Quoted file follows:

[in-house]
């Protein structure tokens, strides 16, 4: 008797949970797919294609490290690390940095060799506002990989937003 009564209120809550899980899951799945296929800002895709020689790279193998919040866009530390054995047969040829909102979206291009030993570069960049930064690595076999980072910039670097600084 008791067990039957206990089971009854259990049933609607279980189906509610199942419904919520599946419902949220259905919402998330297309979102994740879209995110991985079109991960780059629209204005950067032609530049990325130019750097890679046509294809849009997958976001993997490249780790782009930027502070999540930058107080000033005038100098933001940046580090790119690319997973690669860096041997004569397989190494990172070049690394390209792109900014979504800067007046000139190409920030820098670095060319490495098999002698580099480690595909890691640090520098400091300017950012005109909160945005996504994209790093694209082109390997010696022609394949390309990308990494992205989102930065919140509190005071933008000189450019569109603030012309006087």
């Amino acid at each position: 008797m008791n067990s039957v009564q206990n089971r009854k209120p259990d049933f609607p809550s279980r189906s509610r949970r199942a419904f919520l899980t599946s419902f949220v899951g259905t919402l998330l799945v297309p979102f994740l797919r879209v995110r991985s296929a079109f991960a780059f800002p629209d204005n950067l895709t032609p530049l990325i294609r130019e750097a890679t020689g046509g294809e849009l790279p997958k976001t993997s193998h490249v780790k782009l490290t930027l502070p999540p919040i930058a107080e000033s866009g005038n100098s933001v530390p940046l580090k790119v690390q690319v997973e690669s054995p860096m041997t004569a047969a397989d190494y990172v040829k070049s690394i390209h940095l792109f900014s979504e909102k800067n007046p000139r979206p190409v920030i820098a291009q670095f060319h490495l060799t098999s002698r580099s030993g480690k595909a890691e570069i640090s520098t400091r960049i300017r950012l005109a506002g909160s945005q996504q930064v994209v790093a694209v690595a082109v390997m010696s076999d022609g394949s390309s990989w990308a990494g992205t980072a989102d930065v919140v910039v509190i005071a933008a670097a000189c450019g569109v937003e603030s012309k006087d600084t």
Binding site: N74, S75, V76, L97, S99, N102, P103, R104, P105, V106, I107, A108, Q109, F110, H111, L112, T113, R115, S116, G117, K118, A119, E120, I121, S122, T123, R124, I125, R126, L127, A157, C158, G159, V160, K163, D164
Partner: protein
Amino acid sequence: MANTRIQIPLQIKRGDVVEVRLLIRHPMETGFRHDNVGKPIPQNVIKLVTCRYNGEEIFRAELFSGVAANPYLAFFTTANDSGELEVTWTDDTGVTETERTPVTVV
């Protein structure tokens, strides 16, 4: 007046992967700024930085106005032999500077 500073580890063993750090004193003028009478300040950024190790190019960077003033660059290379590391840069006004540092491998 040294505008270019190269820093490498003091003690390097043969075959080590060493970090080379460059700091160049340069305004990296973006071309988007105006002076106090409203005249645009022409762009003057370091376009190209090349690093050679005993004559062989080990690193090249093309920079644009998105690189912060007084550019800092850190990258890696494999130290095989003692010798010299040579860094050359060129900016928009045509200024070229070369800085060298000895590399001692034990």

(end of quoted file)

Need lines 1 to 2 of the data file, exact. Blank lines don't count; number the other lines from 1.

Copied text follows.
[in-house]
């Protein structure tokens, strides 16, 4: 008797949970797919294609490290690390940095060799506002990989937003 009564209120809550899980899951799945296929800002895709020689790279193998919040866009530390054995047969040829909102979206291009030993570069960049930064690595076999980072910039670097600084 008791067990039957206990089971009854259990049933609607279980189906509610199942419904919520599946419902949220259905919402998330297309979102994740879209995110991985079109991960780059629209204005950067032609530049990325130019750097890679046509294809849009997958976001993997490249780790782009930027502070999540930058107080000033005038100098933001940046580090790119690319997973690669860096041997004569397989190494990172070049690394390209792109900014979504800067007046000139190409920030820098670095060319490495098999002698580099480690595909890691640090520098400091300017950012005109909160945005996504994209790093694209082109390997010696022609394949390309990308990494992205989102930065919140509190005071933008000189450019569109603030012309006087």